Self-reported marijuana use over 25 years and abdominal adiposity: the Coronary Artery Risk Development in Young Adults (CARDIA) Study

Michael P. Bancks, Reto Auer, J. Jeffrey Carr, David C. Goff, Catarina Kiefe, Jamal S. Rana, Jared Reis, Stephen Sidney, James G. Terry, Pamela J. Schreiner

Research output: Contribution to journalArticlepeer-review

4 Scopus citations


Aims: We investigated the association between cumulative lifetime and current marijuana use with total abdominal adipose tissue (AT), visceral AT, subcutaneous AT, intermuscular AT, and mean liver attenuation (LA) at mid-life. Design: Longitudinal and cross-sectional secondary data analysis of participants in the Coronary Artery Risk Development in Young Adults (CARDIA) Study. Setting: CARDIA field centers in Birmingham, AL; Chicago, IL; Minneapolis, MN; and Oakland, CA, USA. Participants: CARDIA participants, aged 18–30 years in 1985–1986, who were present at the clinic examination in 2010–2011 (n = 2902). Measurements: Marijuana use was assessed from responses to self-administered questionnaires at 8 CARDIA examinations over 25 years, determined as cumulative marijuana-years and current use status. Non-contrast computed tomography imaging of the abdomen was obtained in 2010–2011. Findings: In 2010–2011, 84% of participants reported a history of marijuana use with 11% reporting use within the past 30 days. Before adjustment, we observed greater cumulative marijuana use was associated with lower total abdominal and subcutaneous AT volume and lower LA and current marijuana use was associated with lower subcutaneous AT. However, after adjustment for age, sex, race, field center, cigarette pack-years and current use, regular alcohol consumption, cumulative drink-years, and physical activity, neither cumulative marijuana use nor current use showed an association with any abdominal adipose depot. Our estimates did not differ by age, sex, or race nor after accounting for cohort attrition. Conclusion: Neither cumulative marijuana use nor current marijuana use is associated with total abdominal, visceral, subcutaneous, or intermuscular adipose tissue, or liver attenuation in mid-life.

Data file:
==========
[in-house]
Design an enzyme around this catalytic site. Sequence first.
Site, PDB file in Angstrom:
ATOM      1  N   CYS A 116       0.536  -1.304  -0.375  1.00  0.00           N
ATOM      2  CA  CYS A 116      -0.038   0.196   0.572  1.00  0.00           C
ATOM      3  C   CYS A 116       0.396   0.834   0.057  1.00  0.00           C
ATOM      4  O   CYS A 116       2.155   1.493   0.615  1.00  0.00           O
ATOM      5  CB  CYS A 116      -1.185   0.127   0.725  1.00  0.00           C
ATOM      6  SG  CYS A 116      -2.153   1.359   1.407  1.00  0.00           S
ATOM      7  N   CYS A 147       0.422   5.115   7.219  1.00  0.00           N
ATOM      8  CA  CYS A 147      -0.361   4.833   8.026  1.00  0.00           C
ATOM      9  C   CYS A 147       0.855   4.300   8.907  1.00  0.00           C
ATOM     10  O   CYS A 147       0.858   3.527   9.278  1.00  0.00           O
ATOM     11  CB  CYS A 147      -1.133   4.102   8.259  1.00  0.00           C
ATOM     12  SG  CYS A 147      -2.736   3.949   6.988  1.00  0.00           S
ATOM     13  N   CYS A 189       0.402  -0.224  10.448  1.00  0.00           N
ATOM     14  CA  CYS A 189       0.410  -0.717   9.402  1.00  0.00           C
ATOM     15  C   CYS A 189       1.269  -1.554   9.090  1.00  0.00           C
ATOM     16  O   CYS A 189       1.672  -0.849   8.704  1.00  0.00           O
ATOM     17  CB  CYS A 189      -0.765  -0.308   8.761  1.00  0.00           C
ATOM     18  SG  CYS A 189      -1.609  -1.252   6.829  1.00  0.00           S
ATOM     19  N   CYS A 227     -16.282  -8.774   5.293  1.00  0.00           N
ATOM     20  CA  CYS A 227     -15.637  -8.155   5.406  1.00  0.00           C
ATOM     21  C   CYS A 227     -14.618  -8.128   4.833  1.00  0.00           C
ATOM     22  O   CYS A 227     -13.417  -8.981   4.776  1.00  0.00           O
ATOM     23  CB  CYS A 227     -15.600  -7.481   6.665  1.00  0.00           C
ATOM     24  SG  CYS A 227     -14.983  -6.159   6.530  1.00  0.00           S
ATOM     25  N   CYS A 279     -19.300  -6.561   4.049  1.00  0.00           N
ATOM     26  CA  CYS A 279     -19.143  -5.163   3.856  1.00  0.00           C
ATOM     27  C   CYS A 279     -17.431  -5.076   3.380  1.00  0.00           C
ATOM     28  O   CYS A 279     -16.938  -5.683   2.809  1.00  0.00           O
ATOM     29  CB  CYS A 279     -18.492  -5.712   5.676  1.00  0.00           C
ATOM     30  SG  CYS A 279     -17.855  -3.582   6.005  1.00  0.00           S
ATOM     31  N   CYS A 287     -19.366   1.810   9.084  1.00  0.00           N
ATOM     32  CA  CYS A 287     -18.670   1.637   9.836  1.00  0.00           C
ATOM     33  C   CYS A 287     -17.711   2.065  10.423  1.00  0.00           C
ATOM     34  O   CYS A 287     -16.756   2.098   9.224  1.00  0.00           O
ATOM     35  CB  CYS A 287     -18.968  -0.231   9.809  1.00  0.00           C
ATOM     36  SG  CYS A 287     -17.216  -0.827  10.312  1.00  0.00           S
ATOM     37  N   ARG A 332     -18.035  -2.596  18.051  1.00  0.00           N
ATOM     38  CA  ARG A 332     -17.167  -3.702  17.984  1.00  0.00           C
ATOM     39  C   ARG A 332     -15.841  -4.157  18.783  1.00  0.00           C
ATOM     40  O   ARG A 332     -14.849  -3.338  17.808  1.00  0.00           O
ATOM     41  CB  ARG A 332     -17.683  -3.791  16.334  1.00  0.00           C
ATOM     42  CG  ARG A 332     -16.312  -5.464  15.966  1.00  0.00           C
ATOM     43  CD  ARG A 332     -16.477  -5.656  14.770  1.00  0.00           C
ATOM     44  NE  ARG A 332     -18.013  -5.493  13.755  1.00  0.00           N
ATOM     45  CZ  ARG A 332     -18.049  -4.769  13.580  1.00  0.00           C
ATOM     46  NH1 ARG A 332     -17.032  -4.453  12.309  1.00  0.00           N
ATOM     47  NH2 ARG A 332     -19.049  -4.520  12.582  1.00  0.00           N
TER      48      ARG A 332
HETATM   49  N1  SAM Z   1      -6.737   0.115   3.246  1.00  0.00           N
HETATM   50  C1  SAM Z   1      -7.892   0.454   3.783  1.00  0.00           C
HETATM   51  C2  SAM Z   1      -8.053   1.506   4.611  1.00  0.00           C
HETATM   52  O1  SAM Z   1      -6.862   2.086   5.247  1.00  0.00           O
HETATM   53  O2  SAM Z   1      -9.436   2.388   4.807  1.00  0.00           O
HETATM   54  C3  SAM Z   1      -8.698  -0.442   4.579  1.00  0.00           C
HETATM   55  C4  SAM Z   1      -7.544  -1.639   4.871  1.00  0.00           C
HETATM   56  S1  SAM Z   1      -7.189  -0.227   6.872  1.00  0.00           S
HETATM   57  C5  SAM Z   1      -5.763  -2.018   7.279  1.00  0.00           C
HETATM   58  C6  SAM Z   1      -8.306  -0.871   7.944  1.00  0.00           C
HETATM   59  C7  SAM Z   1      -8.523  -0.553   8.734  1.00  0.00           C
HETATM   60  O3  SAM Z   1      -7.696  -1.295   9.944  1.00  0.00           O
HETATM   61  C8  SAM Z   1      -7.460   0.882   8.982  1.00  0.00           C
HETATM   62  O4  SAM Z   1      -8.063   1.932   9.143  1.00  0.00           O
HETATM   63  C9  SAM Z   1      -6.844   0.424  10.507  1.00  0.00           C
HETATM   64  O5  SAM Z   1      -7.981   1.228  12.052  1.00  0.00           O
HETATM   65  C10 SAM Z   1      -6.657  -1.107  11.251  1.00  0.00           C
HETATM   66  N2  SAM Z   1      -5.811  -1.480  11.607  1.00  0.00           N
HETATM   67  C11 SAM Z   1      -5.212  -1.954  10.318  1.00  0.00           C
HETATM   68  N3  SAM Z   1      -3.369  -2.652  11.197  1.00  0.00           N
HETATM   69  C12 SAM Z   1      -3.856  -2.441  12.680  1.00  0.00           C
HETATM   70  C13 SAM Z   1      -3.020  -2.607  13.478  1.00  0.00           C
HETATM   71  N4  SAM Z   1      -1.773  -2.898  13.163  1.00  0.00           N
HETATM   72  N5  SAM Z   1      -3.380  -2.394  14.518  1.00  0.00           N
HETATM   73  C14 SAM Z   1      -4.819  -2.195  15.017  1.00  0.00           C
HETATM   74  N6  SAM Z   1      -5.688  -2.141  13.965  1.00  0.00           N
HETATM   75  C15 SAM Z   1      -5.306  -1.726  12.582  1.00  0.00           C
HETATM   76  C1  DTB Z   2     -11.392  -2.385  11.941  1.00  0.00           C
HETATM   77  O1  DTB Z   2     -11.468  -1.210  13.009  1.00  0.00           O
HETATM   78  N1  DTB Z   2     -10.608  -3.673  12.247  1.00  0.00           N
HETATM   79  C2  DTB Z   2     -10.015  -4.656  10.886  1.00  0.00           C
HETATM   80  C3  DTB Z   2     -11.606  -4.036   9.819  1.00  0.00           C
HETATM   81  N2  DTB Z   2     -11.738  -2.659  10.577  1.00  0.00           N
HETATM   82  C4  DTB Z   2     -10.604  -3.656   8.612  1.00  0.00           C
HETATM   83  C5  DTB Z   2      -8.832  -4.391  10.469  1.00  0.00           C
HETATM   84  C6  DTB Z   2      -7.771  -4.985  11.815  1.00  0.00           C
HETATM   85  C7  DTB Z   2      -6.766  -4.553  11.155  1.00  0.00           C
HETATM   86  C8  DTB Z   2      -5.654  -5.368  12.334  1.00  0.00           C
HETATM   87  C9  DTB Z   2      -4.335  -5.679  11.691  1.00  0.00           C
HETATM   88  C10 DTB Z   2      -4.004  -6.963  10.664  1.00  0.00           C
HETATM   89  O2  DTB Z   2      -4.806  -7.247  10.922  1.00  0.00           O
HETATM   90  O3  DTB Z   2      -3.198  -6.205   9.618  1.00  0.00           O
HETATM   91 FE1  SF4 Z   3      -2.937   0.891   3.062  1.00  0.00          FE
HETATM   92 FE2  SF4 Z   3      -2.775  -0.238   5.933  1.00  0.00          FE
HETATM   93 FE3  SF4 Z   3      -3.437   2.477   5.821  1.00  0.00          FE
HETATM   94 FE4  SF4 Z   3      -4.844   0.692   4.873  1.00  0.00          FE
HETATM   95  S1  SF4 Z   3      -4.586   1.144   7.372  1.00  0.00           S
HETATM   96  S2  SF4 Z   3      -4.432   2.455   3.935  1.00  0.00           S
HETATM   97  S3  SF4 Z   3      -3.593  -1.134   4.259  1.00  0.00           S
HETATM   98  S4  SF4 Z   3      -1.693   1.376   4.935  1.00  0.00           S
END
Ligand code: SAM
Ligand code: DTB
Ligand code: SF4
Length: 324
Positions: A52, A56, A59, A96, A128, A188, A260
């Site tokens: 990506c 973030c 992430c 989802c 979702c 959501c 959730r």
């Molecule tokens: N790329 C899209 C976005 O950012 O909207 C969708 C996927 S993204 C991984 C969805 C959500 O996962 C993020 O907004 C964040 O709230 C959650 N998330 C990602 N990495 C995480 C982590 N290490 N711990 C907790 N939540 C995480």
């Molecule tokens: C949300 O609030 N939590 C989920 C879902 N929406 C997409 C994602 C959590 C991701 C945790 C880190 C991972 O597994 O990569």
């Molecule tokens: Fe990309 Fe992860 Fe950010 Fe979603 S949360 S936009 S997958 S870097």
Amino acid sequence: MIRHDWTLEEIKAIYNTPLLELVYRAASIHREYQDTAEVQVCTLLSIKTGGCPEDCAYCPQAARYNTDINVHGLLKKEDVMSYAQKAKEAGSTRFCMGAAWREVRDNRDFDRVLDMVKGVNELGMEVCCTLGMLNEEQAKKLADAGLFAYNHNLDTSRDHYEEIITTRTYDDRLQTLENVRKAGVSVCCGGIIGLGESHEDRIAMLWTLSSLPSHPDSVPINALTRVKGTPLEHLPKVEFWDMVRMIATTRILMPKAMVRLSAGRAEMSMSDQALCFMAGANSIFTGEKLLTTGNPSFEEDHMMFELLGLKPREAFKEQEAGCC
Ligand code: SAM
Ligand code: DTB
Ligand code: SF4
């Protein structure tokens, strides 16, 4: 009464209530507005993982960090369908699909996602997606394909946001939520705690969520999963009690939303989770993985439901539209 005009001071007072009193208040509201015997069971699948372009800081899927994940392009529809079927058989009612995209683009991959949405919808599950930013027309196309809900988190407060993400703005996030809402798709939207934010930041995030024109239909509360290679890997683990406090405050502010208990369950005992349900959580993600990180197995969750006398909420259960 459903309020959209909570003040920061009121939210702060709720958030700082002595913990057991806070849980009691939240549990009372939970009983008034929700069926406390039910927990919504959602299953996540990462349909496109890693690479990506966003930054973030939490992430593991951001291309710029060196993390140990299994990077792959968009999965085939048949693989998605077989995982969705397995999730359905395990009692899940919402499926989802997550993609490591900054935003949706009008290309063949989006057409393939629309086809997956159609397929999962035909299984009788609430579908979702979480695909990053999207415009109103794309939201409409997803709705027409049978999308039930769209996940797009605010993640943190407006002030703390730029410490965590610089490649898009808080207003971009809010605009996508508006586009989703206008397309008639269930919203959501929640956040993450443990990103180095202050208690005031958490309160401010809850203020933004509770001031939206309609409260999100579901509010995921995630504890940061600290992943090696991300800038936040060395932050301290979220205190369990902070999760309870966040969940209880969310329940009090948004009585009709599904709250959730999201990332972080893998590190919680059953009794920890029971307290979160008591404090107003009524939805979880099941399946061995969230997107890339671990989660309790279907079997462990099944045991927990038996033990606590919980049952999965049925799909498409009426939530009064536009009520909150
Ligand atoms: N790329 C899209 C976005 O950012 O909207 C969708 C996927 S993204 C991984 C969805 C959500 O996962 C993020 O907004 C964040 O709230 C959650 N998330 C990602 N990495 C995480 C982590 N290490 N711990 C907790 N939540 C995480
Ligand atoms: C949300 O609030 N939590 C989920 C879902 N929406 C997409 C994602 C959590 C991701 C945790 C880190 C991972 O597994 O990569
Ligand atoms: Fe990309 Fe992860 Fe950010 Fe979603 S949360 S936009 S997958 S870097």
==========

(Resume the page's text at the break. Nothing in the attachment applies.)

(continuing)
Original languageEnglish (US)
Pages (from-to)689-698
Number of pages10
Issue number4
StatePublished - Apr 2018

Bibliographical note

Funding Information:
M.P.B. was supported by the National Heart, Lung, And Blood Institute of the National Institutes of Health under Award Numbers T32HL007779 and T32HL069771 to conduct the current work. The Coronary Artery Risk DevelopmentinYoungAdultsStudy(CARDIA)isconducted and supported by the National Heart, Lung, and Blood Institute (NHLBI) in collaboration with the University of Alabama at Birmingham (HHSN268201300025C & HHSN268201300026C), Northwestern University (HHSN268201300027C), University of Minnesota (HHSN268201300028C), Kaiser Foundation Research Institute (HHSN268201300029C), and Johns Hopkins University School of Medicine (HHSN268200900041C). CARDIA is also partially supported by the Intramural Research Program of the National Institute on Aging (NIA) and an intra-agency agreement between NIA and NHLBI (AG0005). CARDIA year 25 CT studies were partially supported by NHLBI R01-HL-098445 (J.J.C). This manuscript has been reviewed by CARDIA for scientific content.

Publisher Copyright:
© 2017 Society for the Study of Addiction


  • Abdominal adiposity
  • computed tomography
  • epidemiology
  • marijuana use
  • observational
  • young adulthood


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